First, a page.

Decor is just one of those things that is difficult to downsize. Wall decor is easy to rationalize – particularly if it isn’t sentimental in nature, and can be left behind in a move. I’ve found myself making excuses for the stuff on my walls. I trimmed the top of my living room walls with twine and hung bundles of Hobby Lobby “grass” from the lines. It creates a clean, natural atmosphere for me. I strung a square fishing net from my ceiling, and filled the center of it with shells. These things make me happy to look at, and create a tone that relaxes me and puts my spirit at ease. The problem is that these things are also cheap and not in the way, so I pretend I don’t have to downsize them.
We often hear about functional decor in the context of jewelry-keeping sculptures or unique bookcases. Those things can be great additions to the minimalist lifestyle. But I’d like to play with a new idea.
What if we considered decor consumables? When we take stock of the possessions in our kitchens, we don’t count food, paper products, or cleaning supplies. Those things are use-and-replace type items, so we don’t consider them possessions. What if we thought the same way about our decor? I’ve been playing with some hypothetical guidelines for items that are strictly decorative, and here’s what I have so far:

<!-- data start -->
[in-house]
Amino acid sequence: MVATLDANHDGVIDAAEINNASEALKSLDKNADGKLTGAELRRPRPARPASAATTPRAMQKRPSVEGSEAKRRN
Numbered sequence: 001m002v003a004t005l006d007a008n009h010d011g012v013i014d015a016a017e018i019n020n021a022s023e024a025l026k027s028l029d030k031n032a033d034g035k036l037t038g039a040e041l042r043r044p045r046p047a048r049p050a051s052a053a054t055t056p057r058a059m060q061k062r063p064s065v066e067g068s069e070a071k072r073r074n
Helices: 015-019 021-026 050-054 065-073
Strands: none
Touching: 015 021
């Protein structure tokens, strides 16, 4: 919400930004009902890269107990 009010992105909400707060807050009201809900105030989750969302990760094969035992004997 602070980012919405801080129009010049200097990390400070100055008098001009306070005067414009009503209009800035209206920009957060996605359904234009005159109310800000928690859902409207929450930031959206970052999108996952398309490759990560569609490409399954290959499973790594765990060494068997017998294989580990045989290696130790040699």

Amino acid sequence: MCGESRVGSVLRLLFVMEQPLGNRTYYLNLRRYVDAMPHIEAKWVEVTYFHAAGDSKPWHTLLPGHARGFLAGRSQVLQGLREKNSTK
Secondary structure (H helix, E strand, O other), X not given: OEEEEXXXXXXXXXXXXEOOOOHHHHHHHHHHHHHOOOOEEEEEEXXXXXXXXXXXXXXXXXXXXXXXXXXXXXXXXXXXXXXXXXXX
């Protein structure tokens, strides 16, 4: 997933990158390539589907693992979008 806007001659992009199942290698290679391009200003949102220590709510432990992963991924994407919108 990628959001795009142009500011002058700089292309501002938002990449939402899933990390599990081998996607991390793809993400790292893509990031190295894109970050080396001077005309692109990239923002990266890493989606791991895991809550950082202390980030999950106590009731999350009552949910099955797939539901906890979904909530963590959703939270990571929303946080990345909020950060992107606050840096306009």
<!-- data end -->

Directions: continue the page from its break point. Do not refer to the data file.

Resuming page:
1. If the item is only decorative, it must be free, or really, really cheap. No big-ticket purchases here. I’m talking $3, max. I can get items from thrift stores, make them myself, or beg, borrow, or steal from a friend. No (more) trips to Hobby Lobby, no shopping at Crate and Barrel (ouch), and no “browsing” (we all know what that word really means) through Pier One Imports.
2. If the item is truly functional, and secondarily decorative, rule one doesn’t necessarily apply. But even functional decor must be carefully selected and scrutinized. I have a gorgeous carved wooden box in my bathroom that holds our toiletries. The box is perfect to hold everything we need, but before deciding to keep it, I had to be absolutely sure that I needed every item it holds. I don’t want to trick myself into thinking that just because a box holds 30 items, I need all 30.
3. The decor must actively contribute to the atmosphere I want for my home. If a candle or a rug makes me feel peaceful, relaxed, and happy, it can stay. I will classify these types of items as “useful.” If I have a set of drapes or a throw pillow that doesn’t significantly affect me in a positive way, it’s just “stuff.”
I think these guidelines might evolve a little over time, but I’d love to hear your thoughts!